Thursday, August 30, 2018

From the Archives: The Yes Chronicles. Part 14: Union (1991).

The following several posts come from a website I created way back in 2001, in honor of my favorite band, then and now: Yes.

Some of the writing makes me cringe 17 years later, but I feel it's good enough to live on. That Roger Daltrey (yes, that Roger Daltrey) was given some of my text to speak as narrator of the Yesspeak biographical DVD is testament to the quality of at least some of the prose, I guess. 

I pulled down my site, called The Yes Chronicles, years ago. But thanks to the Wayback Machine, which does its part to make sure that nothing published to the internet ever dies, I was able to find archived copies of my reviews. Another site, Yes in the Press -- which appears not to have been updated for about 11 years now -- also saved the reviews. I notice in the introductory blurb that the keeper of Yes in the Press attempted to contact me with no success. I'm not sure what happened, but if that person stumbles across this blog -- hello, it's me. 

All text is original from 2001. Links have been updated where possible. Happy reading.


"They (ABWH) eventually came back to us and said, 'Please, can you write something for this Union album?’ ... They couldn't finish because it didn't have any airplayable tracks. It was in a mess. So, they came back again and said, 'Can we call this Yes again? Can it be a proper Yes album and can you and Trevor write a couple of hits we can play on the radio?'"
-- Chris Squire, Innerviews (1998)

"I called the album Onion because it brought tears to my eyes every time I heard it. … It was put together when we weren’t in the studio half the time. … They had changed all my parts, and I didn’t recognize anything that I’d done. The producer got his mates in to play, and the only person who didn’t play on it was my dog."
-- Rick Wakeman, from Chris Welch’s Close to the Edge: The Story of Yes (1999)

"It was a black mark on Yes."
-- Trevor Rabin, from Welch’s Close to the Edge (1999)

"Absolutely awful. An embarrassing record."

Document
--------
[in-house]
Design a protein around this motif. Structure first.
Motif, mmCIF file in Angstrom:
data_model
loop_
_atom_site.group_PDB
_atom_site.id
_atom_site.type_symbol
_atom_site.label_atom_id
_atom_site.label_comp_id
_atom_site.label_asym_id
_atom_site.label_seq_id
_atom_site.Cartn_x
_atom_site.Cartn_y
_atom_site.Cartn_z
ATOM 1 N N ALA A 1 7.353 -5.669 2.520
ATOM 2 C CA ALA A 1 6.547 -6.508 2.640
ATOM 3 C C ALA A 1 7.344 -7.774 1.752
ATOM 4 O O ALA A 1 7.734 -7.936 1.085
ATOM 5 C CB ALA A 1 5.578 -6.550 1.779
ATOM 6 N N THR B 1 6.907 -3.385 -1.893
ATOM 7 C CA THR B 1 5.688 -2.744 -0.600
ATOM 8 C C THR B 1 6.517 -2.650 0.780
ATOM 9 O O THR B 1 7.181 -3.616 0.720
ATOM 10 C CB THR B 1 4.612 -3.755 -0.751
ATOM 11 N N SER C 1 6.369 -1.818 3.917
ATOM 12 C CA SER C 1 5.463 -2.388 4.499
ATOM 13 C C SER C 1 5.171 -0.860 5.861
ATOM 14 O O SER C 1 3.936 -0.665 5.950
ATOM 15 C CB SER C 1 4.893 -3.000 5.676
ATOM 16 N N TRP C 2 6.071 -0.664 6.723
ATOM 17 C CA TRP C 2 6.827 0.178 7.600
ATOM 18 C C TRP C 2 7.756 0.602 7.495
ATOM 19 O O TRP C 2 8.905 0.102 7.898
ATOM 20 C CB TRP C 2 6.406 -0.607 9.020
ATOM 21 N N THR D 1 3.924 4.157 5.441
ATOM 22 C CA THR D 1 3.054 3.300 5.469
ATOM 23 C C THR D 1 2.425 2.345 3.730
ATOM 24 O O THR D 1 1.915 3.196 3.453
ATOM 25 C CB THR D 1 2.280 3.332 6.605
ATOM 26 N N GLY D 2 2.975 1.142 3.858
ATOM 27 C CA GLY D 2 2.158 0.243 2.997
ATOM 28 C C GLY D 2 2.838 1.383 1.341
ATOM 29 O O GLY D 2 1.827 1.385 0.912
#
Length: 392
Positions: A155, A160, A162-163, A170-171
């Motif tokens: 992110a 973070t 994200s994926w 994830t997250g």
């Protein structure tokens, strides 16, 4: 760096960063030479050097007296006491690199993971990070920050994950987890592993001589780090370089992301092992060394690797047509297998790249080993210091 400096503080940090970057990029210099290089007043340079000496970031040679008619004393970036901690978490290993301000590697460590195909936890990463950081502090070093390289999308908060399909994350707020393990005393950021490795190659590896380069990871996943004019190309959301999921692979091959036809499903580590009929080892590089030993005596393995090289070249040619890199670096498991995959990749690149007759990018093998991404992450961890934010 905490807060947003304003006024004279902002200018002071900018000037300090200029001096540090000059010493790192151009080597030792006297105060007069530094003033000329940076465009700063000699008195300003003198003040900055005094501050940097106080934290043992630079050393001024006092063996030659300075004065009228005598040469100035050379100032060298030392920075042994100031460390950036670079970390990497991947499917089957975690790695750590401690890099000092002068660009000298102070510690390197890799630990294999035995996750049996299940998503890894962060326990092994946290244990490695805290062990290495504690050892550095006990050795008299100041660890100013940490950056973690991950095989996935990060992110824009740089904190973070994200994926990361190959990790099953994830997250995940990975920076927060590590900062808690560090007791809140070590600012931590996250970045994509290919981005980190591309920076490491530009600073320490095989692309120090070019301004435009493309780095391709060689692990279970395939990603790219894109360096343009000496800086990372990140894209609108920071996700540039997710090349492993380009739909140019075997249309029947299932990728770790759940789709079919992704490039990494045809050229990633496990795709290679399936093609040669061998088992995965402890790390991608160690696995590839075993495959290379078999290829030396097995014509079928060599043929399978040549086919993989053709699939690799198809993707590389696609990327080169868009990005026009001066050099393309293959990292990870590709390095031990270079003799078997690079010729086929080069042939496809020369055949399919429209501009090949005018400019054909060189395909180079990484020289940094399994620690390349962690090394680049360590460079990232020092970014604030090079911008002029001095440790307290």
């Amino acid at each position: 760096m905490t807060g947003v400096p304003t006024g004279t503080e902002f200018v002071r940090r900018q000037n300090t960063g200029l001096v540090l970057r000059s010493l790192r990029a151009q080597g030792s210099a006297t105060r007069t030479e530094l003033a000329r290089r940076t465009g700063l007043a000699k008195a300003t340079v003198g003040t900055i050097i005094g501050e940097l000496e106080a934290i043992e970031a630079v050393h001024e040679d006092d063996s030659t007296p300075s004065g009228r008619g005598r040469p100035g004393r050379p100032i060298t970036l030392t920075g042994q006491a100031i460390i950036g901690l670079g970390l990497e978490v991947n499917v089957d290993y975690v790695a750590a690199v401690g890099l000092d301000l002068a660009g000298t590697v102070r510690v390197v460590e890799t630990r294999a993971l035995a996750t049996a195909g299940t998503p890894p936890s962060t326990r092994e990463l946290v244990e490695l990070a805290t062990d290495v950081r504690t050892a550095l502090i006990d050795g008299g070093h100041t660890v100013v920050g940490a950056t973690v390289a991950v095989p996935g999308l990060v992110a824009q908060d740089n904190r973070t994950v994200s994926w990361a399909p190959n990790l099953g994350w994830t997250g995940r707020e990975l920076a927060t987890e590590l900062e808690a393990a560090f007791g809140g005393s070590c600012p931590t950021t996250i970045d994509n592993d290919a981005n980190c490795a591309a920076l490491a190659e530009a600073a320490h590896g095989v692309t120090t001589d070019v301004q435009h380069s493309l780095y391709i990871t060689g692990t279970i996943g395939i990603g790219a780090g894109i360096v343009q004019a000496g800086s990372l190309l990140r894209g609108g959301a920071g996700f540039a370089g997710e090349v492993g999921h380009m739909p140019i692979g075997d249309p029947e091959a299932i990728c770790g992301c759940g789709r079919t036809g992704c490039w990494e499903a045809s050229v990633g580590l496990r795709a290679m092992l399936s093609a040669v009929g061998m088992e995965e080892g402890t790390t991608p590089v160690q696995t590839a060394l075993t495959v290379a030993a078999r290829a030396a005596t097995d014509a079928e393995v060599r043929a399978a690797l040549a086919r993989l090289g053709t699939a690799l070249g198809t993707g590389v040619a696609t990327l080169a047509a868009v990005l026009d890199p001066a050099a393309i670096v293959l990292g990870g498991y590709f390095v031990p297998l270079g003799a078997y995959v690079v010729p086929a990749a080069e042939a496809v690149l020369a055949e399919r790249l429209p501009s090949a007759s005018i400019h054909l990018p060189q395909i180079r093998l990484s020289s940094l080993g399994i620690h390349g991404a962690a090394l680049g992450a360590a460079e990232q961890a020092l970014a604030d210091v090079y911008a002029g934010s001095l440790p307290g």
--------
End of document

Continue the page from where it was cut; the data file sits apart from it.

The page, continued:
-- Bill Bruford, 1994, as documented in Tim Morse’s
Yesstories: Yes in Their Own Words (1996)

Arista 1991
Rating: *
Best song: "The More We Live -- Let Go"
Produced by Jonathan Elias, Jon Anderson, Steve Howe, Trevor Rabin, Mark Mancina,
Eddie Offord, Billy Sherwood
Cover and logos by Roger Dean
Engineers: Brian Foraker, Steve Howe, Trevor Rabin, Eddie Offord,
Stan Katayama, Billy Sherwood
Assistant engineers: Sophie Masson, Richard Edwards, Renny Hill, Buzz Burrowes, Matt Gruber, Michael Sweet, Paul Berry,
Steve Wellner, Lolly Grodner, Steve Harrison
Additional engineering by Chris Fosdick, Buzz Burrowes
Bass on ABWH tracks: Tony Levin
Additional guitars on ABWH tracks: Jimi Haun
Additional keyboards on ABWH tracks: Jim Chricton, Jonathan Elias, Alex Lasarenko
Additional synthesizers on ABWH tracks: Richard Baker, Gary Barlough, Jerry Bennett,
Jim Chricton, Jonathan Elias, Sherman Foote, Brian Foraker, Chris Fosdick, Rory Kaplan,
Alex Lasarenko, Steve Porcaro
Additional percussion on ABWH tracks: Jerry Bennett, Allan Schwartzberg
Additional vocals on ABWH tracks: Deborah Anderson, Jonathan Elias, Gary Falcone,
Tommy Funderburk, Ian Lloyd, Michael Sherwood, Danny Vaughn
Voice on "Angkor Wat": Pauline Cheng

Jon Anderson: vocals
Trevor Rabin: guitars, keyboards, vocals
Steve Howe: guitars, vocals
Chris Squire: bass, vocals
Rick Wakeman: keyboards
Tony Kaye: keyboards
Bill Bruford: percussion
Alan White: percussion

Track listing (lineup in italics/standout tracks in bold):
I Would Have Waited Forever (ABWH)
Shock to the System (ABWH)
Masquerade (ABWH/Howe solo)
Lift Me Up (YesWest)
Without Hope You Cannot Start the Day (ABWH)
Saving My Heart (YesWest)
Miracle of Life (YesWest)
Silent Talking (ABWH)
The More We Live -- Let Go (YesWest)
Angkor Wat (ABWH)
Dangerous (Look in the Light of What You're Searching For) (ABWH)
Holding On (ABWH)
Evensong (ABWH/Bruford-Levin duet)
Take the Water to the Mountain (ABWH)
(on European releases only) Give and Take (ABWH)

. . . . . . . . . . . . . . . .

In 1989, after leaving Yes behind, Jon Anderson found himself working with fellow Yes expatriates Steve Howe, Rick Wakeman, and Bill Bruford, plus Bruford’s longtime King Crimson bandmate Tony Levin on bass. Their album, Anderson Bruford Wakeman Howe, signaled a return to complex, flowery, multi-part, long-form compositions that certainly sounded like 1970s Yes but ultimately lacked the cohesion and vigor of the "classic" catalog and suffered immensely from Chris Squire's absence. After a settlement to a lawsuit brought by the official Yes, aimed at preventing ABWH from using the Yes name to market itself, Arista Records (ABWH’s label) had the bright idea to morph ABWH and the official Yes (Trevor Rabin, Squire, Alan White, and Tony Kaye), which had been mostly inactive since Anderson’s departure, into a single mega-band under the united banner of "Yes," in obvious hopes of boosting sales for what was supposed to have been the second ABWH album.

The result was a stunningly good tour and a breathtakingly horrid album.